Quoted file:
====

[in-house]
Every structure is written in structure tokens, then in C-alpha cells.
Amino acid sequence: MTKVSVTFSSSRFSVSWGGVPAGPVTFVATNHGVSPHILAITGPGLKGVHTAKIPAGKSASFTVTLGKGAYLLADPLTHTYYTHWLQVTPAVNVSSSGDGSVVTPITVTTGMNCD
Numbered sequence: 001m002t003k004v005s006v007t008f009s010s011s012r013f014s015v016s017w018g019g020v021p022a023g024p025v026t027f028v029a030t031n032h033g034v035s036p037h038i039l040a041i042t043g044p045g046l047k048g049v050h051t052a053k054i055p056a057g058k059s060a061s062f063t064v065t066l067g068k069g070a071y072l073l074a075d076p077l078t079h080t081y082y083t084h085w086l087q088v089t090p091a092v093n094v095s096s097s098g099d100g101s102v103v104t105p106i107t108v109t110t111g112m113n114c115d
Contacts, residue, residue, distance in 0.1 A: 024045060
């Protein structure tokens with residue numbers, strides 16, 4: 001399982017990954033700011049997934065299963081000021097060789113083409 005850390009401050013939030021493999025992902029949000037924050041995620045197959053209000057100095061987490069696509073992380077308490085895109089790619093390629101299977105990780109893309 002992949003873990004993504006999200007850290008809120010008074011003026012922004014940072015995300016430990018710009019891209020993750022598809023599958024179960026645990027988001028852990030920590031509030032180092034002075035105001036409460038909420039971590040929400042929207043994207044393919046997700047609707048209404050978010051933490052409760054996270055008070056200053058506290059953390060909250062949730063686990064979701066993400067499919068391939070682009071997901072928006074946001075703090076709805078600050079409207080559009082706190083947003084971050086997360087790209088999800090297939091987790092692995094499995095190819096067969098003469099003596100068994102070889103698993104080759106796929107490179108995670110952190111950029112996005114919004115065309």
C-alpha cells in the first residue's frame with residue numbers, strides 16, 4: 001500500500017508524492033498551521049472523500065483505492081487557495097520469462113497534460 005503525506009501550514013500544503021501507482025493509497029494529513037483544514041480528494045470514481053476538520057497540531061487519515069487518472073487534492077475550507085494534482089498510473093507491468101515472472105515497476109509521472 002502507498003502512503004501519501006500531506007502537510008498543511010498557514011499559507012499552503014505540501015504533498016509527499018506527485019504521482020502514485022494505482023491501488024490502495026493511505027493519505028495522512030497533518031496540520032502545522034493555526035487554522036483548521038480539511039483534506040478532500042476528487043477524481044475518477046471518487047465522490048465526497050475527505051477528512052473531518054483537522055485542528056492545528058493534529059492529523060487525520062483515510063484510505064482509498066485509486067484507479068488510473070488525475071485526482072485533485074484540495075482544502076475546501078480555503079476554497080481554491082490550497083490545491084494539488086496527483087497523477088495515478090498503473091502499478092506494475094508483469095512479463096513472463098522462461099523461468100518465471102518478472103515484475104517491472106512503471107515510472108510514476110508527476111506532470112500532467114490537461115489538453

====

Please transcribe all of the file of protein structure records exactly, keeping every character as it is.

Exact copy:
[in-house]
Every structure is written in structure tokens, then in C-alpha cells.
Amino acid sequence: MTKVSVTFSSSRFSVSWGGVPAGPVTFVATNHGVSPHILAITGPGLKGVHTAKIPAGKSASFTVTLGKGAYLLADPLTHTYYTHWLQVTPAVNVSSSGDGSVVTPITVTTGMNCD
Numbered sequence: 001m002t003k004v005s006v007t008f009s010s011s012r013f014s015v016s017w018g019g020v021p022a023g024p025v026t027f028v029a030t031n032h033g034v035s036p037h038i039l040a041i042t043g044p045g046l047k048g049v050h051t052a053k054i055p056a057g058k059s060a061s062f063t064v065t066l067g068k069g070a071y072l073l074a075d076p077l078t079h080t081y082y083t084h085w086l087q088v089t090p091a092v093n094v095s096s097s098g099d100g101s102v103v104t105p106i107t108v109t110t111g112m113n114c115d
Contacts, residue, residue, distance in 0.1 A: 024045060
């Protein structure tokens with residue numbers, strides 16, 4: 001399982017990954033700011049997934065299963081000021097060789113083409 005850390009401050013939030021493999025992902029949000037924050041995620045197959053209000057100095061987490069696509073992380077308490085895109089790619093390629101299977105990780109893309 002992949003873990004993504006999200007850290008809120010008074011003026012922004014940072015995300016430990018710009019891209020993750022598809023599958024179960026645990027988001028852990030920590031509030032180092034002075035105001036409460038909420039971590040929400042929207043994207044393919046997700047609707048209404050978010051933490052409760054996270055008070056200053058506290059953390060909250062949730063686990064979701066993400067499919068391939070682009071997901072928006074946001075703090076709805078600050079409207080559009082706190083947003084971050086997360087790209088999800090297939091987790092692995094499995095190819096067969098003469099003596100068994102070889103698993104080759106796929107490179108995670110952190111950029112996005114919004115065309």
C-alpha cells in the first residue's frame with residue numbers, strides 16, 4: 001500500500017508524492033498551521049472523500065483505492081487557495097520469462113497534460 005503525506009501550514013500544503021501507482025493509497029494529513037483544514041480528494045470514481053476538520057497540531061487519515069487518472073487534492077475550507085494534482089498510473093507491468101515472472105515497476109509521472 002502507498003502512503004501519501006500531506007502537510008498543511010498557514011499559507012499552503014505540501015504533498016509527499018506527485019504521482020502514485022494505482023491501488024490502495026493511505027493519505028495522512030497533518031496540520032502545522034493555526035487554522036483548521038480539511039483534506040478532500042476528487043477524481044475518477046471518487047465522490048465526497050475527505051477528512052473531518054483537522055485542528056492545528058493534529059492529523060487525520062483515510063484510505064482509498066485509486067484507479068488510473070488525475071485526482072485533485074484540495075482544502076475546501078480555503079476554497080481554491082490550497083490545491084494539488086496527483087497523477088495515478090498503473091502499478092506494475094508483469095512479463096513472463098522462461099523461468100518465471102518478472103515484475104517491472106512503471107515510472108510514476110508527476111506532470112500532467114490537461115489538453